West Nile Virus and Eastern Equine Encephalitis (EEE) are diseases transmitted to horses via the bites of mosquitoes. Humans can also be infected with WNV and EEE, but transmission requires a mosquito bite and the virus cannot be directly transmitted between horses, or between horses and people. Signs of infection in horses include fever (although not always with WNV), anorexia, head pressing, depression or personality change, wobbling or staggering, weakness, blindness, convulsions, muscle spasms in the head and neck, or hind-limb weakness. If owners notice any of these signs in their horses, they should contact their veterinarian immediately.

This is the first confirmed case of WNV in a horse in Delaware since 2015. However, The Department of Natural Resources and Environmental Control’s (DNREC) Mosquito Control Section, in conjunction with the Delaware Division of Public Health Laboratory and the Department of Agriculture, announced two detections of WNV and one detection of Eastern Equine Encephalitis (EEE) in DNREC’s sentinel chickens, and detection of WNV in a wild crow, in July and August. So far in Delaware this year, no cases of WNV or EEE have been found in humans.

Vaccinate your horse against West Nile Virus and Eastern Equine Encephalitis

The State Veterinarian urges horse owners to contact their veterinarians as soon as possible, as we are in the midst of peak mosquito season, to have horses and other equines vaccinated against WNV and EEE. Neither disease has a specific drug treatment, and EEE infections in horses are fatal in 70-90% of cases, and WNV in 30% of cases.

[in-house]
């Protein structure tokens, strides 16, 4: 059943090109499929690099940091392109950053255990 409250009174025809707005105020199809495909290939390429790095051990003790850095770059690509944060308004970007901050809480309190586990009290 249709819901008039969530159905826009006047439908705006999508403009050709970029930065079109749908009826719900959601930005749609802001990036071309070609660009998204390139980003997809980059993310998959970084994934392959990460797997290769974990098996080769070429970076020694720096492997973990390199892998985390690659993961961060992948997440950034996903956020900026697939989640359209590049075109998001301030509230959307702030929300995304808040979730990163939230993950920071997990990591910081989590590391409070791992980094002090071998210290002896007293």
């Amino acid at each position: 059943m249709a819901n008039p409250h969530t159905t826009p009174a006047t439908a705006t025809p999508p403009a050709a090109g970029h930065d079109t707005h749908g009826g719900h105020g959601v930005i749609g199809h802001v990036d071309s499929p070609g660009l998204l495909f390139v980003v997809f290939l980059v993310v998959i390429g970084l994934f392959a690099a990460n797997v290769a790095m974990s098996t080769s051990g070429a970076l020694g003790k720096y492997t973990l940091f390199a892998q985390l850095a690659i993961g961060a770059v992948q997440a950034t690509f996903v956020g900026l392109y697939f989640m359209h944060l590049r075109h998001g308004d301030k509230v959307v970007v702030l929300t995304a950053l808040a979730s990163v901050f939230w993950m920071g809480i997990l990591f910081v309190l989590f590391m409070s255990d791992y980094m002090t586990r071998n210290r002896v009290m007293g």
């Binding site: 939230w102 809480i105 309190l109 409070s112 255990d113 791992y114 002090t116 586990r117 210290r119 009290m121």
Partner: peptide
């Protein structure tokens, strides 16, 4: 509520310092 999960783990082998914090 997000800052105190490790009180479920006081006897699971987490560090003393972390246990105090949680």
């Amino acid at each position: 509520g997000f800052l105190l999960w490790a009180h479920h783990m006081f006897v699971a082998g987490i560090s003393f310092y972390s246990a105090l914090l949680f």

Horse owners can take several additional steps in the barn and around the farm to help protect horses from mosquito bites. Horses should be kept inside during dawn and dusk, which are peak hours for mosquito activity. Topical insect repellents labeled for use on horses may be applied. The wind generated by fans installed in horse stalls can also help deter mosquitoes. Old tires and containers should be disposed of and standing water eliminated. Water troughs or buckets should be emptied, cleaned, and refilled every 2-3 days if possible to remove any mosquito eggs or larvae.

For more information about WNV or EEE:
• Human health questions should be directed to the Delaware Division of Public Health, (888) 295-5156, or (302) 744-4990.
• Animal health questions should be directed to the Delaware Department of Agriculture at (800) 282-8685 (Delaware only) or (302) 698-4500. Ask for the Poultry and Animal Health Section.
• Questions about the state’s mosquito control program or mosquito biology should be directed to the Delaware Department of Natural Resources and Environmental Control’s Mosquito Control Section at (302) 739-9917.